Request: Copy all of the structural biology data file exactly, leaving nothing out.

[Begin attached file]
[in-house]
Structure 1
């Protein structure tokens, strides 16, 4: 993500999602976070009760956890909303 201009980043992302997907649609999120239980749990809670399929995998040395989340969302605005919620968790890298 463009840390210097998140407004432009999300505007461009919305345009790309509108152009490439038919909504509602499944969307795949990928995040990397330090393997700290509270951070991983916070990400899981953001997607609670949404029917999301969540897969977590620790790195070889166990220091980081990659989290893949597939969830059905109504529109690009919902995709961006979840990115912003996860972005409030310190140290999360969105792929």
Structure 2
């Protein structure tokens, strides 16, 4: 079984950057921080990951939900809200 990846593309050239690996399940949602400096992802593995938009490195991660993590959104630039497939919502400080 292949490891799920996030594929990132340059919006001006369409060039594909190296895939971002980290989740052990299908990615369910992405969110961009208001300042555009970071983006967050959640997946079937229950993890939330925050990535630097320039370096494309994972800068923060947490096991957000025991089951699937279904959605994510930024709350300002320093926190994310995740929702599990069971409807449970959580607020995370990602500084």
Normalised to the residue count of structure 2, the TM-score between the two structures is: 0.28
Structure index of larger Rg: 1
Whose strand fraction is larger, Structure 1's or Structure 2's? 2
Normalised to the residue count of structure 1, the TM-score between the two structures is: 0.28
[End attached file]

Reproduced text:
[in-house]
Structure 1
């Protein structure tokens, strides 16, 4: 993500999602976070009760956890909303 201009980043992302997907649609999120239980749990809670399929995998040395989340969302605005919620968790890298 463009840390210097998140407004432009999300505007461009919305345009790309509108152009490439038919909504509602499944969307795949990928995040990397330090393997700290509270951070991983916070990400899981953001997607609670949404029917999301969540897969977590620790790195070889166990220091980081990659989290893949597939969830059905109504529109690009919902995709961006979840990115912003996860972005409030310190140290999360969105792929």
Structure 2
């Protein structure tokens, strides 16, 4: 079984950057921080990951939900809200 990846593309050239690996399940949602400096992802593995938009490195991660993590959104630039497939919502400080 292949490891799920996030594929990132340059919006001006369409060039594909190296895939971002980290989740052990299908990615369910992405969110961009208001300042555009970071983006967050959640997946079937229950993890939330925050990535630097320039370096494309994972800068923060947490096991957000025991089951699937279904959605994510930024709350300002320093926190994310995740929702599990069971409807449970959580607020995370990602500084």
Normalised to the residue count of structure 2, the TM-score between the two structures is: 0.28
Structure index of larger Rg: 1
Whose strand fraction is larger, Structure 1's or Structure 2's? 2
Normalised to the residue count of structure 1, the TM-score between the two structures is: 0.28